Android TV benchmarks compared to every Fire TV — 2020 Chromecast, Shield TV, Tivo Stream 4K, and Mi Box

After benchmarking every Fire TV model ever released last week and posting the results, several of you asked for a similar post comparing Android TV devices. Now that the new 2020 Chromecast with Google TV has arrived, here’s a benchmark comparison of the Chromecast, two generations of Nvidia Shield TVs, the Tivo Stream 4K, and the Mi Box (for good measure) compared to every Fire TV, Fire TV Stick, and Fire TV Cube model.

As I do with all of my benchmark articles, I must remind you that benchmark results are absolutely not a good representation of how these devices will perform in real-world everyday use. A streaming device that scores twice as much on a benchmark as another device will not give you an experience that is twice as good as the weaker device. That said, it’s still good to know how these devices compare when they are pushed to their absolute limits, which is what benchmarks show us, even if those limits are rarely ever reached in actual use.

Just as with when I benchmarked Fire TVs last week, all of these scores are newly tested runs on the device’s latest software version. Each benchmark was run 3 times per device and the top 2 runs were averaged to give the final value that you see listed below. I’ve omitted the AnTuTu and 3DMark benchmarks, which I included for my Fire TV comparison, because those same tests would not run successfully across all the Android TV devices in this comparison.

Geekbench is a great all-around benchmark for the processing (CPU) capabilities of these devices. While still not a good representation of video streaming performance, it’s probably the closest benchmark available to show how these devices will perform while launching apps and navigating around their interfaces. Still king in raw power is the 2017 Nvidia Shield TV 2, followed closely by the 2nd-gen Fire TV Cube and the cylindrical 2019 Shield TV 3. I’m sorry that I don’t have a 2019 Shield TV Pro to include in the comparison, but I’m confident that it would score just slightly above everything else. I suspect that the older 2017 Shield TV 2 scored higher than the new one because, like the 2019 Shield TV Pro, it runs a 64-bit operating system and has 3GB of RAM, while the 2019 Shield TV 3 has a 32-bit OS and 2GB of RAM.

Coming in at the top of the budget-friendly devices is the 2020 Chromecast, which does run Android TV despite the Google TV rebranding and new interface. This is surely thanks to its 1.9GHz CPU versus the 1.7 GHz CPU shared by the Fire TV Stick 4K, Fire TV Stick 3, and Fire TV Stick Lite. With about 14% more raw power than its dongle/stick competition, it’s not going to blow away Amazon’s Firesticks or the Tivo Stream 4K in every-day tasks, but it still takes the crown for sub-$50 devices.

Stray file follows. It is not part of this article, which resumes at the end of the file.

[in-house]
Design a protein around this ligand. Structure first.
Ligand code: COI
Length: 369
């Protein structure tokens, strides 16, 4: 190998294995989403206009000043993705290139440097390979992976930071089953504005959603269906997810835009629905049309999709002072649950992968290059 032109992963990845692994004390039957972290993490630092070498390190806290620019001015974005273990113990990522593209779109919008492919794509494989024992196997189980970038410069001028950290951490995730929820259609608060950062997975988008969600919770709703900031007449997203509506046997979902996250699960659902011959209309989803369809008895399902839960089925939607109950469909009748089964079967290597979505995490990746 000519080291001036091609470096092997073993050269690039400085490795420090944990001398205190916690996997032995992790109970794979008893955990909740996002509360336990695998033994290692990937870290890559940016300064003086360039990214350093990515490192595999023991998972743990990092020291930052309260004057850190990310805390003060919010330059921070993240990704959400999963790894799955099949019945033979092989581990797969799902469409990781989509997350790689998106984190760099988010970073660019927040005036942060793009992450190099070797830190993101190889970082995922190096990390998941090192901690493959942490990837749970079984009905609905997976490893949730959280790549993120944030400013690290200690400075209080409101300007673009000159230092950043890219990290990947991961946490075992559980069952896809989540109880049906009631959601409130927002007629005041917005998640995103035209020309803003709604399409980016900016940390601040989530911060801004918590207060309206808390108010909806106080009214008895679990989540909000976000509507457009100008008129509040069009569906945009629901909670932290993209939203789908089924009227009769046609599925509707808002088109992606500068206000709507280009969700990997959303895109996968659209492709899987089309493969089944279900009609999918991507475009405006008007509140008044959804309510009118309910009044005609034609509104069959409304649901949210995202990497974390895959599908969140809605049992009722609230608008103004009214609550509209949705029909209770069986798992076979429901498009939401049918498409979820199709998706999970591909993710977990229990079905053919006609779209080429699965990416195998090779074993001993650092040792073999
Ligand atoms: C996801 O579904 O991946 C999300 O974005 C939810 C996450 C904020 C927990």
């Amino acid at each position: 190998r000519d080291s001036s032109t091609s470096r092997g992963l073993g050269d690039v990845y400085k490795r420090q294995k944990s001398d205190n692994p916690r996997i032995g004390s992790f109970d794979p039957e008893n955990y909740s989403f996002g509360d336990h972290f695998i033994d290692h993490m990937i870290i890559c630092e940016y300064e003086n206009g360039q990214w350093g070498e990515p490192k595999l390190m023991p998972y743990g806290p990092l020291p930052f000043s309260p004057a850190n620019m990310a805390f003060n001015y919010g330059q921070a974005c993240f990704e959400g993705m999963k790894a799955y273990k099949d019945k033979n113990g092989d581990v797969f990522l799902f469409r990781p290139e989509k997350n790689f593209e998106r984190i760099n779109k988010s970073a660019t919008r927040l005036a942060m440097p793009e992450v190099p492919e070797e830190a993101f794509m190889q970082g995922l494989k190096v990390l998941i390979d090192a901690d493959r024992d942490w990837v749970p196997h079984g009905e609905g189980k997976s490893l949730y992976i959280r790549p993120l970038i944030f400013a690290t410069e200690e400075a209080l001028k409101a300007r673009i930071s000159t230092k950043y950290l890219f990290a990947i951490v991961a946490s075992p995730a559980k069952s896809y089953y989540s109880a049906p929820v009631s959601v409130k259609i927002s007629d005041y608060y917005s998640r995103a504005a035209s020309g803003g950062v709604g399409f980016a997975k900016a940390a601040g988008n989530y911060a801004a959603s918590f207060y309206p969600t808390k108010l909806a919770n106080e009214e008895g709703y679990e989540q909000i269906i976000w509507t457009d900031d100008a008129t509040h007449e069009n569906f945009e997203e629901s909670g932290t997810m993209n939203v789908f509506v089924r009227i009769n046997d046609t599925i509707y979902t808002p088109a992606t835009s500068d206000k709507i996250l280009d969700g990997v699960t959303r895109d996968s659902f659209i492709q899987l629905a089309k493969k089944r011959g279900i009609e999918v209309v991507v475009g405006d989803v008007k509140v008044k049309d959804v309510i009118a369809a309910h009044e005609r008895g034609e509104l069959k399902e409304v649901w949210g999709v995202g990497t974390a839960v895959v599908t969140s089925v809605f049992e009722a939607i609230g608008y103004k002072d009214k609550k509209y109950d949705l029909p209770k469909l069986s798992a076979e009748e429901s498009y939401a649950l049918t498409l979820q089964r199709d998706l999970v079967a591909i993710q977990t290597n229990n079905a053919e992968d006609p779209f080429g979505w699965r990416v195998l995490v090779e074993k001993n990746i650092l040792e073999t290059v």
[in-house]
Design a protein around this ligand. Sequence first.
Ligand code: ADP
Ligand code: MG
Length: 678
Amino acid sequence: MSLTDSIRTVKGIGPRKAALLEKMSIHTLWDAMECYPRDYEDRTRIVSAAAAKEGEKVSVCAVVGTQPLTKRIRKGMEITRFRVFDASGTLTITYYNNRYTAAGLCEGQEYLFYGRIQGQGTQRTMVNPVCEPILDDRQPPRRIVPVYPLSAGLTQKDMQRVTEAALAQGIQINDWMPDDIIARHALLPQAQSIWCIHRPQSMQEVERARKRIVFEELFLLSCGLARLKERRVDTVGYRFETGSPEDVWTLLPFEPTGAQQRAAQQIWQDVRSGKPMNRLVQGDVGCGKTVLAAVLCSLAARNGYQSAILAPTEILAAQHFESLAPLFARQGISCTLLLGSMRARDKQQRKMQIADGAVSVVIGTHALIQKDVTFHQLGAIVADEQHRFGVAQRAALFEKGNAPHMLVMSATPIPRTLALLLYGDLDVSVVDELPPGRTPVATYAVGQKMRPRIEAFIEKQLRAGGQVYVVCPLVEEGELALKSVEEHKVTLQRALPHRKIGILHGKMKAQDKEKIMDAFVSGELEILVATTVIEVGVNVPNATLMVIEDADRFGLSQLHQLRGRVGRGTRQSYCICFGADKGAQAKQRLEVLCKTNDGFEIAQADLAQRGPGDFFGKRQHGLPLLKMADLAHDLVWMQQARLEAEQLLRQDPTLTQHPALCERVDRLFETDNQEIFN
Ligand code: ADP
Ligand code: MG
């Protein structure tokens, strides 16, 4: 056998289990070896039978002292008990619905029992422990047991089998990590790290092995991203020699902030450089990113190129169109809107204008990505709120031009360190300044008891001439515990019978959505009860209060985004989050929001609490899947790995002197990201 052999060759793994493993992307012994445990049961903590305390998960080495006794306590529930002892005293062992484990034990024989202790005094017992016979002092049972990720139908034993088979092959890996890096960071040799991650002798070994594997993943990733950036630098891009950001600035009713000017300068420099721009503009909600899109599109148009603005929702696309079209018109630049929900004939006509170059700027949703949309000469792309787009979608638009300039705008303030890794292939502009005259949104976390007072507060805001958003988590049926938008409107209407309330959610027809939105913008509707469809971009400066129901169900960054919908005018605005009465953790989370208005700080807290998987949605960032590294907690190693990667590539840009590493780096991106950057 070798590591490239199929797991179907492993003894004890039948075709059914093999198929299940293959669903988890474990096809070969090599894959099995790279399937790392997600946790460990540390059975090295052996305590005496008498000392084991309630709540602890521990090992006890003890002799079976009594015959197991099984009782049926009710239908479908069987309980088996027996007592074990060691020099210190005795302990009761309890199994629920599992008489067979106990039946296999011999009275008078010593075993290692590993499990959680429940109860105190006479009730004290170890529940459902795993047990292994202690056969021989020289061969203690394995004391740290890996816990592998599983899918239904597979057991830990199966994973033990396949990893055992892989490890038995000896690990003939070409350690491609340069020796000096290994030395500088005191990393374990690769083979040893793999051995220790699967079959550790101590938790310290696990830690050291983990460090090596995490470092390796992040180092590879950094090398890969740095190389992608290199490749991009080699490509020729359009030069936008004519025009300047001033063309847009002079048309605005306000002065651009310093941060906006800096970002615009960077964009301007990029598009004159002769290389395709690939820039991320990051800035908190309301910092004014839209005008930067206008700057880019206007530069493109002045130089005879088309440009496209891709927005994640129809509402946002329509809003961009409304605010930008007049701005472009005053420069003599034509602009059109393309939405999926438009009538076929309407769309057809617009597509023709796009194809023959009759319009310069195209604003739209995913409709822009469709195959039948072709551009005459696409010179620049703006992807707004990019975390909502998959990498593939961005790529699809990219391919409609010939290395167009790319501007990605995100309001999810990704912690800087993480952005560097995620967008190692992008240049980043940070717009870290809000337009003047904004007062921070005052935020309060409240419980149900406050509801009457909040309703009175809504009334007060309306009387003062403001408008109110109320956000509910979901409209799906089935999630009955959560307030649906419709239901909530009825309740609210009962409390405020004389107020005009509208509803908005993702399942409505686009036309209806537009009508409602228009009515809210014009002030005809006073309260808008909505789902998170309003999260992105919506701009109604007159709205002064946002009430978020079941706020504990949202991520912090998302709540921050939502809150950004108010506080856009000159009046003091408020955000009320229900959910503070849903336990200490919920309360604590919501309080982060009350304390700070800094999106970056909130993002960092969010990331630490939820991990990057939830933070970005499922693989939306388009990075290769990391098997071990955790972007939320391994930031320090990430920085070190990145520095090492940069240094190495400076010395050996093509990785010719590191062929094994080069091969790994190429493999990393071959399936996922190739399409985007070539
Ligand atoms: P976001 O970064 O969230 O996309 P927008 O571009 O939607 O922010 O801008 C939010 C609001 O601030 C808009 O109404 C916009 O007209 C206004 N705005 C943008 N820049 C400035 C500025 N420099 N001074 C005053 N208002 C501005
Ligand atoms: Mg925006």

It’s worth noting that the Tivo Stream 4K, with its 1.8 GHz CPU, should be outperforming the Fire TV Sticks as well, as is evident by its higher single-core score, but something is holding back Tivo’s multi-score core. My guess is that its buggy software, which has always been my biggest complaint about the device, is adding unnecessary overhead that robs away performance. The Tivo Stream 4K should come in right under the Chromecast, especially because both devices have 2GB of RAM, but it seems to be falling short of its CPU’s peak potential in this benchmark.

As for gaming (GPU) performance, which is what the next benchmark, GFXBench, measures, it’s not even close when the Shield TV is included. Nvidia’s bread and butter is graphics and it shows through with nearly 4 times the gaming performance as the next closest device, the Fire TV Cube 2. It’s just a shame that, unless you’re heavily using the Shield TV for gaming, most of that raw power goes to waste when it comes to everyday tasks. Despite having 1GB less RAM and a 32-bit OS, the Shield TV 3 outperforms the Shield TV 2 in this benchmark because the GPU in its slightly improved Tegra X1+ processor is clocked at 1.267 GHz, while the older model uses the Tegra X1 that has a GPU clocked at 1 GHz. Once again, I’m confident that the 2019 Shield TV Pro would perform slightly above the 2019 Shield TV.

As for the budget-friendly devices, none of them are really designed for gaming, but the 2020 Chromecast once again edges ahead of the Firesticks and the Tivo Stream 4K, so it should be able to squeeze out just a few more frames-per-second in games than the other sub-$50 devices on the list. While the Tivo Stream 4K uses the same Mali-G31 GPU as the Chromecast, there is once again something holding it back from where I’d expect it to be.

When it comes to raw CPU power, Android TV devices edge ahead of Fire TV devices in both flagship (>$100) and budget (<$50) categories. However, gaming aside, the difference isn't so great to choose one device over the other based on benchmark performance alone. When the performance of 2 devices are within 10-15% of each other at their absolute limits, as we're seeing with these benchmarks, the software optimization and the UX choices play a much more important roll in how they'll perform in daily streaming tasks than their hardware does.

  1. stadi says:

    ok, so Sabrina is not that much faster, I don’t need to throw out my Fire TV Stick 4k yet. I would still appreciate if Amazon would release an update to that.

  2. Nate says:

    Absolutely phenomenal breakdown, Elias. This is the type of content I return for! Thanks!

  3. Kawshik Ahmed says:

    It’s Mi TV not Mii TV

  4. Mjm says:

    I know it’s not an Android box, but any guestimates on where Apple TV 4K would fit in with these lists?

    I find it’s much snappier/quicker than my 2019 Shield Pro.

  5. hdmkv says: